Photograph of hands
Blessings by richard seah
The Balinese are a very spiritual people and they would have elaborate prayer ceremonies to bless every major item before using it – a house, a car, even a TV set.
This is one of my absolute favourite photographs. The fact that I took this photograph in the early 1980s, at a time when I was relatively new to photography, makes me all the more proud of myself.
Moreover, the photograph was taken somewhat in a hurry. My ex-wife and I were on our way somewhere, probably to dinner, when we came across this scene.
I took just this one close-up photograph, plus a couple more showing the entire scene but which didn't look nearly as nice, and we went off.
This was my first photograph of hands. As I had mentioned, it was my ex-wife who first drew my attention to the expressiveness and character of hands, and that got me interested in photographing them. The result certainly encouraged me to explore the subject further.
This also combines hands photography with my other favorite photography subject, prayer images.
It took more than 20 years, however, for this photograph of hands to evolve to its present state.
The original photograph was taken on Kodachrome 64 slide. It was evening and the light was poor. Probably because of that, the entire image had a bluish cast. So although the composition is good, the lighting and color were bad.
Three years ago, when I launched my original website, www.richardseah.com, I got the slide scanned into a digital image so that I can post it on my website.
The initial result was a disaster. I did not know, then, that slide scanning was a fine art. I merely sent it to one of those regular photo-developing kiosks along Orchard Road. The digital image came out very very blue, almost could not see a thing!
I had it re-scanned four times, wasting a lot of money in the process, before I got something decent, but still quite bad.
This is how horrible the second version was, and it was still better than the first:
The worst thing was, the guy at the color-lab genuinely could not see how bad it was, and he insisted that it was close to the original. He was not pulling a fast one on me. He was a nice man and I could sense that he spoke with all sincerity. Either that or he was a damn good actor!
The fourth version looked like this. At least the colors were more correct, but it was still way, way too dark compared to the slide.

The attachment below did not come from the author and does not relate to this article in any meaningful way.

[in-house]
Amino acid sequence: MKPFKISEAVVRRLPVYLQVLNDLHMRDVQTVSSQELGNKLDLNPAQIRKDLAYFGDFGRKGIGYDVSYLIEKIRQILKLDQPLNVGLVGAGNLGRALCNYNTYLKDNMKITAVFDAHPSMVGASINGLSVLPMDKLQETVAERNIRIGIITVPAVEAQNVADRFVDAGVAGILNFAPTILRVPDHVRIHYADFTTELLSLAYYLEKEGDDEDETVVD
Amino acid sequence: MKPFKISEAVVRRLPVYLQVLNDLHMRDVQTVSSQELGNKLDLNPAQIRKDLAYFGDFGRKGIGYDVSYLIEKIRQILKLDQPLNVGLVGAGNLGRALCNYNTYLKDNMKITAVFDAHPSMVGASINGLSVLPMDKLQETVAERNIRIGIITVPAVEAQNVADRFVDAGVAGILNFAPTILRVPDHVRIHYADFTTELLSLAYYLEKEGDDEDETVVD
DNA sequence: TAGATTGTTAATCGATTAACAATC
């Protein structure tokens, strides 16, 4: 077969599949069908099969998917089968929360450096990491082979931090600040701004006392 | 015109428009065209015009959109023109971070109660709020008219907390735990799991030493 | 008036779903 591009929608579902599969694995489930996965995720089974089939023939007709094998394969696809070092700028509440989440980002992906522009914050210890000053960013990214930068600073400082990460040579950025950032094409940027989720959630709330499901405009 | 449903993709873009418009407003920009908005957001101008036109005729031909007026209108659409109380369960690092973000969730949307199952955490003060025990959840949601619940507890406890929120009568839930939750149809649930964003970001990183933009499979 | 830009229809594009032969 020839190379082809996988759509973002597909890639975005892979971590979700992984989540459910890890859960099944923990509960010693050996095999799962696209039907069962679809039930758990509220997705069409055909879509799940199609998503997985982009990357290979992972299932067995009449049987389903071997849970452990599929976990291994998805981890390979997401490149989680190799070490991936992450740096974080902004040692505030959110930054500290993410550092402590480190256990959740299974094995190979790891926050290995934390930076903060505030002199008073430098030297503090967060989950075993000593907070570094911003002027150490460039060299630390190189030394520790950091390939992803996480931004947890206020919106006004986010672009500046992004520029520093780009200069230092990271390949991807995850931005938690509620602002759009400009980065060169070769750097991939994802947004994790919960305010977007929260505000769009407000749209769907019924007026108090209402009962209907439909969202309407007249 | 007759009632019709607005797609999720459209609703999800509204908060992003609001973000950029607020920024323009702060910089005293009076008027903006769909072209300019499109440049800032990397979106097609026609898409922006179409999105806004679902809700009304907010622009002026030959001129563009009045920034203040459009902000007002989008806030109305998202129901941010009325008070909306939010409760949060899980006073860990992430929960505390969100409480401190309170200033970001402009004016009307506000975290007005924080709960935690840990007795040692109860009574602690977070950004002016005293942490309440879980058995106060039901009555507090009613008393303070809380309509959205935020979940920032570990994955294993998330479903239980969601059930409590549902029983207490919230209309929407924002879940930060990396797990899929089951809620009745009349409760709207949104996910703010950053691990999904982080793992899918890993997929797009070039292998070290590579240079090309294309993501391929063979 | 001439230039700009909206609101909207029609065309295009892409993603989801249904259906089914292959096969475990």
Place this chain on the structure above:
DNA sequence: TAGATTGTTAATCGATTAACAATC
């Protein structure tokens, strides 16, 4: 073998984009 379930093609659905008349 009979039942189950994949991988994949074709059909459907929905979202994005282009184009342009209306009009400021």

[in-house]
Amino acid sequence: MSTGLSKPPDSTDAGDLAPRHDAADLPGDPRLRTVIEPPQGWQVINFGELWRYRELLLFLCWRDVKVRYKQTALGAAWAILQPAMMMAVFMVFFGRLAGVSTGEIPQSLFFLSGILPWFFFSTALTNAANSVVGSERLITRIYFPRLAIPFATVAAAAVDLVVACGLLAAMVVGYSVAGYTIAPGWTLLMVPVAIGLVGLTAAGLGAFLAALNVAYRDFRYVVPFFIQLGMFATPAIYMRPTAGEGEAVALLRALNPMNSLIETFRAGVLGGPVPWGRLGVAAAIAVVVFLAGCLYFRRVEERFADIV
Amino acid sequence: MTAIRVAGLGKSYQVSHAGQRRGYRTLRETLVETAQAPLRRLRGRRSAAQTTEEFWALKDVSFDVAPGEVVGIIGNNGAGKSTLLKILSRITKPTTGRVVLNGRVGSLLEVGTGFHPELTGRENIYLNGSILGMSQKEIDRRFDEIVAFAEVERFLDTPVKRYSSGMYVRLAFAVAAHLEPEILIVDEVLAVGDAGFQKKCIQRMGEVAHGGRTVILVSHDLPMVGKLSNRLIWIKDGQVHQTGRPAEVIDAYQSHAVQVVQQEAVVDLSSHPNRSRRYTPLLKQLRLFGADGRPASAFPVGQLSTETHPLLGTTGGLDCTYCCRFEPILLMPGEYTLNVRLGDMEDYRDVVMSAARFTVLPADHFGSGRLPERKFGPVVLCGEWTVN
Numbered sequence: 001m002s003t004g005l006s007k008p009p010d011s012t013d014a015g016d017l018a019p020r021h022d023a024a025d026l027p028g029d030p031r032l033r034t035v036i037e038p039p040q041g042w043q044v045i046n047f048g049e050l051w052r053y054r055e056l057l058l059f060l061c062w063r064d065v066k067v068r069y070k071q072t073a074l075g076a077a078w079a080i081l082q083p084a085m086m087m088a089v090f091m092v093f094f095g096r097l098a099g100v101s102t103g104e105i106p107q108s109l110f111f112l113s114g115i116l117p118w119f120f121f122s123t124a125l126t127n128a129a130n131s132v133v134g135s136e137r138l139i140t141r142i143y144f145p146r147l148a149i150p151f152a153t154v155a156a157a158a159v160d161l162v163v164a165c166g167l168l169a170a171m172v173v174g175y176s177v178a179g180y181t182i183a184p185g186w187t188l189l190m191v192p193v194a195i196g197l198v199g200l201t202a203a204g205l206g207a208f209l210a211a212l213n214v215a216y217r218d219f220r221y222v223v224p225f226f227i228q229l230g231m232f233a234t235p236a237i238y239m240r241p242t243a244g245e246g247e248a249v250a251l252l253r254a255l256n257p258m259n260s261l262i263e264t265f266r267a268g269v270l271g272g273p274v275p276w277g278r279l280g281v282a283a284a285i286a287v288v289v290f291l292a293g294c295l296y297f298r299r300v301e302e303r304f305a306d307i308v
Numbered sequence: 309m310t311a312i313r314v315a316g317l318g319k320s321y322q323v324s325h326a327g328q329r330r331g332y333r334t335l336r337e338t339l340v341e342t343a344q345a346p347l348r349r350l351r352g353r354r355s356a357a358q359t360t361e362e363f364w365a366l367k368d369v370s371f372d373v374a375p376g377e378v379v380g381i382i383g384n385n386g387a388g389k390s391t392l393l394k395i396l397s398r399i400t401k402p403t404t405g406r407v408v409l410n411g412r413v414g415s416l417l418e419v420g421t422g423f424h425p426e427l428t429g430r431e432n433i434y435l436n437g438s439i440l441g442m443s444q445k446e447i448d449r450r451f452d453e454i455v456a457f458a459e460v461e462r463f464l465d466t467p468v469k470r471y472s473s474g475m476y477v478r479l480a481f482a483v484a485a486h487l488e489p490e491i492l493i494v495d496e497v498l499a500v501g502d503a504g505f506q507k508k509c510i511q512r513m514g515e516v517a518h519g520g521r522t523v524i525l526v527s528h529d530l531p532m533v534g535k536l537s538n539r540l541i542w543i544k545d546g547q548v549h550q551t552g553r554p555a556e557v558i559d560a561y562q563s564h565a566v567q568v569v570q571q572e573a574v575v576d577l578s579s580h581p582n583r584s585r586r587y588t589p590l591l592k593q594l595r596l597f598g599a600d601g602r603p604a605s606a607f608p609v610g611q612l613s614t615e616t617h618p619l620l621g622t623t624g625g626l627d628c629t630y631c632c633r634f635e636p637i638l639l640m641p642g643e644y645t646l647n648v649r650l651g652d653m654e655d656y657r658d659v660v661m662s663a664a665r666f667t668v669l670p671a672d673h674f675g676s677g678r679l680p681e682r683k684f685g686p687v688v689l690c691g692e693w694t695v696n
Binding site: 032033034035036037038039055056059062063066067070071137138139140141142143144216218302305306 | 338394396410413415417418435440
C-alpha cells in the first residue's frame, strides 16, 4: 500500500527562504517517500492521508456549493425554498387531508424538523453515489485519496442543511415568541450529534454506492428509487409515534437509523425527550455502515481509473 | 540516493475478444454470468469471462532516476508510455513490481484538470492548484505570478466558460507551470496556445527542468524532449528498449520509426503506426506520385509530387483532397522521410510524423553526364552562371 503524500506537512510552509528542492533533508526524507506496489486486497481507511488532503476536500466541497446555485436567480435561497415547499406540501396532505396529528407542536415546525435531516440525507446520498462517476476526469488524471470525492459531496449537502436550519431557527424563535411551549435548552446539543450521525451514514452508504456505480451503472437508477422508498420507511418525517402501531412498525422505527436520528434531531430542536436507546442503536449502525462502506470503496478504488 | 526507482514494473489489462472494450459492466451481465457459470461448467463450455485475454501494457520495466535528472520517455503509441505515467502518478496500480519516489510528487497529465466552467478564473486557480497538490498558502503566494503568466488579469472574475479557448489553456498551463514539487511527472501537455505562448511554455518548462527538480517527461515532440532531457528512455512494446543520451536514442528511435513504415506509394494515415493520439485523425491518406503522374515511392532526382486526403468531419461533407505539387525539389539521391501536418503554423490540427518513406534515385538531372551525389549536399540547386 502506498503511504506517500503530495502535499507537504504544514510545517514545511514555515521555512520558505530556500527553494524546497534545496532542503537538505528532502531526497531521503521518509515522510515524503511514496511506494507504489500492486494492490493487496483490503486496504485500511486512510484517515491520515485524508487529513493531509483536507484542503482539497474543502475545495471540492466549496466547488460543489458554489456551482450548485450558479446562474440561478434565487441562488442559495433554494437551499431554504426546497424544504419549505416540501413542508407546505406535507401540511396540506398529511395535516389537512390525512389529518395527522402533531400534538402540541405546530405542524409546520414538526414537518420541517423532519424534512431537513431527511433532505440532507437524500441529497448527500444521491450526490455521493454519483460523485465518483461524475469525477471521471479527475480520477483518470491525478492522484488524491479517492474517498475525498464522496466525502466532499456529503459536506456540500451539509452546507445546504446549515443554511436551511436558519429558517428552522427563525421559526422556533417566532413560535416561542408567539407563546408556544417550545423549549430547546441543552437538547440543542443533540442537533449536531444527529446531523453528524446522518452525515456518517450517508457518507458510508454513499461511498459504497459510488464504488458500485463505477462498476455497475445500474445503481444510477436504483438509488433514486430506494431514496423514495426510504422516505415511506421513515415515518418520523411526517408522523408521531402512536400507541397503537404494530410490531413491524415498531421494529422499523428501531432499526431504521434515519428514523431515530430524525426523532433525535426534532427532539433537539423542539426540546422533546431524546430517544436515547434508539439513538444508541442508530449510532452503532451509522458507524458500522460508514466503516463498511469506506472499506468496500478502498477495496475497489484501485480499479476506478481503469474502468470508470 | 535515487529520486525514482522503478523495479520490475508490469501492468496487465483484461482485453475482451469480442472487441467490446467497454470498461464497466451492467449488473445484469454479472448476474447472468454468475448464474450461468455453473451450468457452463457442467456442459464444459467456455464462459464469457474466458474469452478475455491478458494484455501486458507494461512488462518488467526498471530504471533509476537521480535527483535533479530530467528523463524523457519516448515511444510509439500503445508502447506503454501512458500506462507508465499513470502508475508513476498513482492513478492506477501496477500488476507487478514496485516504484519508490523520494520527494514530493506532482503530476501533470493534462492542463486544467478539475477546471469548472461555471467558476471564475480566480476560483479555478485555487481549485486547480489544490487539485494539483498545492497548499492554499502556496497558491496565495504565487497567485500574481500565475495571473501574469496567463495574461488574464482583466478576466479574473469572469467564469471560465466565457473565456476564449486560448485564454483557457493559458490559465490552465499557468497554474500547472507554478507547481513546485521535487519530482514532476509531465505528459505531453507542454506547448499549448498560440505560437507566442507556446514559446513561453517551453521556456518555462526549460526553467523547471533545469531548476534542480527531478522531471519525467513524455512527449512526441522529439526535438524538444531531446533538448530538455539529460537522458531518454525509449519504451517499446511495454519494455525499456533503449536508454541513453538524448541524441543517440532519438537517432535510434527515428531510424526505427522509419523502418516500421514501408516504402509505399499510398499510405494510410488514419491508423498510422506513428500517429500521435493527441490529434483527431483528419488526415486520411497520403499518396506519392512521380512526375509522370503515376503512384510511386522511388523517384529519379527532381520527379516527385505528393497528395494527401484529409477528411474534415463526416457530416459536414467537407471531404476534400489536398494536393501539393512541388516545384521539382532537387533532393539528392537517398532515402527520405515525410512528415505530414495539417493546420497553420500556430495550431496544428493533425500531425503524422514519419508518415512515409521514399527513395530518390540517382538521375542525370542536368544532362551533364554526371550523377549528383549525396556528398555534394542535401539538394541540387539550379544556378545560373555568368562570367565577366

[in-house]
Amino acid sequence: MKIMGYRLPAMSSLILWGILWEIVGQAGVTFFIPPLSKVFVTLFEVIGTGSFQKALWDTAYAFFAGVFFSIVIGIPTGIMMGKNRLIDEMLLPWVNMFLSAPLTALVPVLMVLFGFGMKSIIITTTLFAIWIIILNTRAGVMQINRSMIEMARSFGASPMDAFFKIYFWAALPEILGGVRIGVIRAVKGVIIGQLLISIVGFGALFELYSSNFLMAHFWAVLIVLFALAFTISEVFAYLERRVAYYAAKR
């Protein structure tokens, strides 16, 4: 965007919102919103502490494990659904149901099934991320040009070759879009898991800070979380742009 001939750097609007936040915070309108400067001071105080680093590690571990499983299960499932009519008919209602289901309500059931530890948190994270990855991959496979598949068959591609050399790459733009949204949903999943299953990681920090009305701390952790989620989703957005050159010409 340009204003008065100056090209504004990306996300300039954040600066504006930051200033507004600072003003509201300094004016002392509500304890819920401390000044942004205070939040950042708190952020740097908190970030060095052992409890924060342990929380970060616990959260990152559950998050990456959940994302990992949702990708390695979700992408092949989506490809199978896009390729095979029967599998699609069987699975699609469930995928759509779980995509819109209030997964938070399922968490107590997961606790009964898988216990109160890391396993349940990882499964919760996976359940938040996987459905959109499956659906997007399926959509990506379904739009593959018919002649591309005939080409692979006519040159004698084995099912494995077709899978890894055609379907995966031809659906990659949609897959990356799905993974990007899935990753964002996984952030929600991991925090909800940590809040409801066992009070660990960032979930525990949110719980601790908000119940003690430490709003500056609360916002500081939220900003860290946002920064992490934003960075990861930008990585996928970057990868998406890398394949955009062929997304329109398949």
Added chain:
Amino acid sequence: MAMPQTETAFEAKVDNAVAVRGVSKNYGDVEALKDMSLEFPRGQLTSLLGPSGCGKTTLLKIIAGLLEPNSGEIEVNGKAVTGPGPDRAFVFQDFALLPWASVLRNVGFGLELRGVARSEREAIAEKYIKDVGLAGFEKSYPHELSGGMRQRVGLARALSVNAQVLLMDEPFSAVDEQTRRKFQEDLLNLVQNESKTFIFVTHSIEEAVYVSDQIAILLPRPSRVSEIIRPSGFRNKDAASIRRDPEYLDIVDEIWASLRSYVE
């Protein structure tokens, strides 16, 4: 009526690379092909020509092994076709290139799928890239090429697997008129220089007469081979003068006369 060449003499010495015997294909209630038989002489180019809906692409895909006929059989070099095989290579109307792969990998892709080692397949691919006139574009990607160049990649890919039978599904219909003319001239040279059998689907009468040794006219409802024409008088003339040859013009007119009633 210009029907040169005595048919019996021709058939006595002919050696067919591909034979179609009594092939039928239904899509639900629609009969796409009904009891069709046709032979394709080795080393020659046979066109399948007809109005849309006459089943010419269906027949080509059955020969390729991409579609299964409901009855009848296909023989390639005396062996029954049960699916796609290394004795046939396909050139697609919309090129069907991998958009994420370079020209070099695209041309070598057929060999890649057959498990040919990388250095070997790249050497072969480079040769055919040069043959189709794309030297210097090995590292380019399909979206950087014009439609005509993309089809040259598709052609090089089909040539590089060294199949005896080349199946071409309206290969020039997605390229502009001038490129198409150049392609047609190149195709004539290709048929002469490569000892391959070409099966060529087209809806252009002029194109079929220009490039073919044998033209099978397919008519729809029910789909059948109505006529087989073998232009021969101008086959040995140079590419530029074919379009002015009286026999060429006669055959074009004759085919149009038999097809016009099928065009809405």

Last year (2004) I found a lab that produced quite good scans. What they gave me was a further improvement, but still too dark. At that time, I only knew how to use the "bightness/contrast" adjustment in Photoshop, so I ended up with something like this:
Finally, this year, I learnt more of Photoshop and I began to experiment... It occurred to me that this photograph of hands might look better in black and white.
Then I had an idea to retain a bit of the yellow of the flower. If I remember my steps correctly, I created a new layer, de-saturated all of the colors except for yellow and a bit of red, and then blended this new layer with the original layer, at about 90 percent opacity.
So, after more than 20 years, I believe I've created a minor masterpiece out of this photograph of hands. In the process, I marvelled at what Photoshop could do!
I am pleased with the results so far. I submitted this photograph of hands recently to Montage 2005, a photographic exhibition organised by the NUS (National University of Singapore) Photographic Society. It didn't win a prize, but was among the 100 photographs, out of over 2,300 entries, selected for exhibition.
It would have been nice, of course, if I did win something. Perhaps soon it will.
Prints of this praying hands image are available for sale. Larger prints come in very limited editions, but smaller 5R and 8R prints are made very affordable to encourage the collection of fine art photographs by those with limited budgets.
All prints, including the affordable 5R and 8R prints, are signed by me, Richard Seah.